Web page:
I’m not going to review Darren Aronofsky’s The Wrestler because I’ve nothing to say about this heartwrenching and impeccably executed story that hasn’t been said elsewhere and endlessly. What I am going to do is share some of what I’ve learned subsequently about professional wrestling, as it might be of interest to others who’ve seen the film.

In an early scene, we see Randy cut a slice off a razor blade, and then tape it to his taped wrist. Later, on the mat, he gets it out, slices his own forehead open, then rises to his feet with the blood pouring down his face. At the time I went ahead and suspended my disbelief, because, hang on: This movie takes place today, and it’s about a guy whose heyday was in the eighties – the absolute height of AIDS panic. Surely wrestlers weren’t still deliberately bleeding on each other in the late eighties, right? And certainly not today! But I was wrong on both counts.

According to this article, (and others) this practice (called “blading”) was mostly phased out by the World Wrestling Federation by the mid-eighties, but continues to be used “on occasion” even in WWF pay per view events and it remains a common practice on the low rent circuit Randy is confined to in the film. It’s a great read, but what really caught my eye was this:

The cloak of secrecy was thrown off of blading in the mid-1980s in the now-famous 20/20 exposé on professional wrestling. This is the one where “Dr. D.” David Schultz rang John Stossel’s bells (at Vince McMahon’s urging) and got sued.

John Stossel is an enemy of the people of the first order, so thank God for YouTube. The visual quality is abysmal, but it’ll do, so let’s not complain about a twenty-three year old tape (especially since the audio is perfect). It’s the usual 20/20 high dudgeon, where Stossel keeps insisting that “they fix the matches”, (an assertion that is beside the point to the point of being false), but there’s some great detail about how certain moves work, and a demonstration of the razor blade trick. Also, at the end, Stossel gets a smackdown that is entirely undeserved in context, but karmically OK by me.

9 to 5 – an examination of the dying of the adult DVD industry?

March 23, 2009

The Boston Underground Film Festival is in full swing and while it’s probably best known and loved for it’s plethora of campy, schlocky and gory no-budget horror films it can bring some quality documentaries to it’s lineup as well. One such specimen was 9 to 5: Days in Porn.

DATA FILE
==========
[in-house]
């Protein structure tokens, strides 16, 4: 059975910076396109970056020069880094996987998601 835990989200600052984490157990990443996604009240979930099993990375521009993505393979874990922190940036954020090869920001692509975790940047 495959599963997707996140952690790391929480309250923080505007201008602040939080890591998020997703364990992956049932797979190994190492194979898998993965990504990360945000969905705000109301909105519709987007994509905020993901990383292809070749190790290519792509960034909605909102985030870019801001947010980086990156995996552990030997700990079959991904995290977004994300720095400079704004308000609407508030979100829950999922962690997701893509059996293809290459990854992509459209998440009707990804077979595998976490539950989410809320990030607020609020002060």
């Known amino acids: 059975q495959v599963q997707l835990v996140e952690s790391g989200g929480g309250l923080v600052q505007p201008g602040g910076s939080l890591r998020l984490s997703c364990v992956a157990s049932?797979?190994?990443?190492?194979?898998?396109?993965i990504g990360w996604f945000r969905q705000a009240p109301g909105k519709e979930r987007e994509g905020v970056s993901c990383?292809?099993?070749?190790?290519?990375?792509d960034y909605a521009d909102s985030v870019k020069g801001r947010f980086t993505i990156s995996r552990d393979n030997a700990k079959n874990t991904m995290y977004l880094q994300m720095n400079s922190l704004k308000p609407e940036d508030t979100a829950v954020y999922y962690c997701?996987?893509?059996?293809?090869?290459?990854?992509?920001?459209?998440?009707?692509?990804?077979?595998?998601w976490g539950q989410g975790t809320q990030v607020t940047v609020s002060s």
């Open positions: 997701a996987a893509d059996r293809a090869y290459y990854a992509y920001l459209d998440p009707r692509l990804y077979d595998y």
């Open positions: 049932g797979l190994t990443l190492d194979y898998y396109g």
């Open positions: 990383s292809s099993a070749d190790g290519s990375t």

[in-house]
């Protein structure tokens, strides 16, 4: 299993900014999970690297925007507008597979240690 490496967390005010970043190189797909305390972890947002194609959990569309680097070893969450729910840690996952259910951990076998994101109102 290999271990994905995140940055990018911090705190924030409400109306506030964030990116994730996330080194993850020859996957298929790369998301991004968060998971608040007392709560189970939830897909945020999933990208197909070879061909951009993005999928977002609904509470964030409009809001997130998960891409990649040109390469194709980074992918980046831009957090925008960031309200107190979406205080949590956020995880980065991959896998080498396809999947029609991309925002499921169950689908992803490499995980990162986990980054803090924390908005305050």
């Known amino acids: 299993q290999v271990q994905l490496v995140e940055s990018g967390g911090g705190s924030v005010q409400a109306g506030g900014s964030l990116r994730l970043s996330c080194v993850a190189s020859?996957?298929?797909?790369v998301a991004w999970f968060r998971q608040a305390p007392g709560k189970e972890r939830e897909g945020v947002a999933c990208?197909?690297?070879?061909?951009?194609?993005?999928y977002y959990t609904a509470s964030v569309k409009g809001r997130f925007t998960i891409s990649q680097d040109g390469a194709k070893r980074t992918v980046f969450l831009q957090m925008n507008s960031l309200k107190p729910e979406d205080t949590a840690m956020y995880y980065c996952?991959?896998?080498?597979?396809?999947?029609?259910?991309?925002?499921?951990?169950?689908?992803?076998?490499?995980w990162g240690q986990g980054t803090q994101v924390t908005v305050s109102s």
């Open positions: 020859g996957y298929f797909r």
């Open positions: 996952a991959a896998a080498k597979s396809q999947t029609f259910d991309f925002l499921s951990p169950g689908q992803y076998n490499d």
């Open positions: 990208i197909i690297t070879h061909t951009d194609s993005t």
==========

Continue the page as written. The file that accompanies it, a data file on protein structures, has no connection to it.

After a chance meeting with an adult film editor in the cutting room, director Jens Hoffman spent more than two years meeting and filming some of the best known players in the San Fernando Valley adult film industry – the Hollywood of the genre.

Among his profiles are Mark Speigler, the talent agent who appears to have a bluetooth surgically implanted in his ear. The man is overweight, unshaven and by no means attractive. Nonetheless, he is clearly a deft businessman as he drives a Cadillac SUV. There’s the 19 year old Sasha Grey – the up and coming young actress who entered the industry after sending a Manifesto to Spiegler in which the former film student (who identifies Godard as a primary influence and initially whated to take “Anna Karina” as her stage name) expressed her desire to explore the far reaches of her own sexuality and the sensations of the flesh (Grey is now modeling for American Apparel and starring in Stephen Soderberg’s next film in addition to her adult repitoire.) There’s the Porn doctor: the former actress who now runs a non-profit dedicated to ensuring the physical and mental health of those in the industry. And most heart-warming was Belladonna and her husband, who produces films but says he’d be out of it the next day if his wife left the industry.